Homeowner advocates applauded the move.
“What the department has announced is a solution to a crisis that the insurance industry has created,” said Amy Bach, executive director of the California-based United Policyholders, adding: “I really commend the commissioner and his staff.”
Representatives with American Property Casualty Insurance Association, a trade groups representing many of the state’s largest insurance companies, has said the industry has been hit hard by wildfire damage in recent years.
The industry group issued a press statement following the announcement that said the changes could “hurt consumer choice.”
“The FAIR Plan was never intended to replace the private insurance market. Insurance Commissioner Lara’s move to expand the FAIR Plan’s policies … could have unintended consequences, potentially contributing to a further compacting of the market and fewer choices for consumers,” the statement read in part.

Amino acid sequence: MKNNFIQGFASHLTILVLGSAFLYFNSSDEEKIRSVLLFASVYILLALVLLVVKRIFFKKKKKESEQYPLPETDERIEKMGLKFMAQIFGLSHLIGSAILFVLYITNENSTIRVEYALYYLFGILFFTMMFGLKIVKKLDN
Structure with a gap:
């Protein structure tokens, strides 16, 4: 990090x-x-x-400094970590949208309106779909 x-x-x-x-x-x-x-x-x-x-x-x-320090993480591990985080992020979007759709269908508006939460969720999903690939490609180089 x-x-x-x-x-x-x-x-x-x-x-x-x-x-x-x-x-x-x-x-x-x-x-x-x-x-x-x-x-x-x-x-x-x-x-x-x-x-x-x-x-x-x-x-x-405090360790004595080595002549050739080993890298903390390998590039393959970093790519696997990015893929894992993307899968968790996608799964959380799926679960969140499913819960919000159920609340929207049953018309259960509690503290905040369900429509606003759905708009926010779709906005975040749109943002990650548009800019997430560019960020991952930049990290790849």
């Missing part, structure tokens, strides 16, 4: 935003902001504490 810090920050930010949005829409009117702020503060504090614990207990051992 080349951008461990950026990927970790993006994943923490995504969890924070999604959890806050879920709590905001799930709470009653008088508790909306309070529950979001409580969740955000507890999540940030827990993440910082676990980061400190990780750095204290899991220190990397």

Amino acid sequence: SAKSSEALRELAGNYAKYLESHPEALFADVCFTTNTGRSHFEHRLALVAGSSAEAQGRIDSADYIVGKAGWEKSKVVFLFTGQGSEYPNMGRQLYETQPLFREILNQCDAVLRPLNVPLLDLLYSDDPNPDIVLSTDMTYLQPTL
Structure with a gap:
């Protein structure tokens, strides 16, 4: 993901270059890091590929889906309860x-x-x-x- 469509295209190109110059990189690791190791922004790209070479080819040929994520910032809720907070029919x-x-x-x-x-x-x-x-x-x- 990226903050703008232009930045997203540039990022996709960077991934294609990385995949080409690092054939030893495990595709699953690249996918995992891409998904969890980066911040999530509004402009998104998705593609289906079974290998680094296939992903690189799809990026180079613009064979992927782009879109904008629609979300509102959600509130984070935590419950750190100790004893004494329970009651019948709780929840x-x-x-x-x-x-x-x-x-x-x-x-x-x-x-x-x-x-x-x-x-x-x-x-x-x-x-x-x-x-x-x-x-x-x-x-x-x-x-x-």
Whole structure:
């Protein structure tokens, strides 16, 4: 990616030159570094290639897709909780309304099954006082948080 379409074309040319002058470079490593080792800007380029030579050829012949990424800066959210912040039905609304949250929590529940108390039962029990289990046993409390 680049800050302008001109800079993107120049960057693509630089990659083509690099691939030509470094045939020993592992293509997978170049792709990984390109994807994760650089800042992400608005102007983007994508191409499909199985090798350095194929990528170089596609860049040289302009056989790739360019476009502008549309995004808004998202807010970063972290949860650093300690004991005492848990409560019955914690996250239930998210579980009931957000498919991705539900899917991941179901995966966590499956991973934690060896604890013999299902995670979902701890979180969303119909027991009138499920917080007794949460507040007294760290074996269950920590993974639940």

In 2017 and 2018, blazes — most notably the Camp Fire in Paradise — resulted in more than 124,000 claims valued at about $26 billion in losses, according to the California Department of Insurance.
Complaints by residents in high-fire areas over losing insurance nearly doubled in the last two years and has increased by about 570 percent since 2010, according to the agency.
FAIR Plan enrollment in rural areas has increased over the last five years by more than 11,500 policies, and officials expect that number to increase dramatically when figures are tallied for 2019 early next year.
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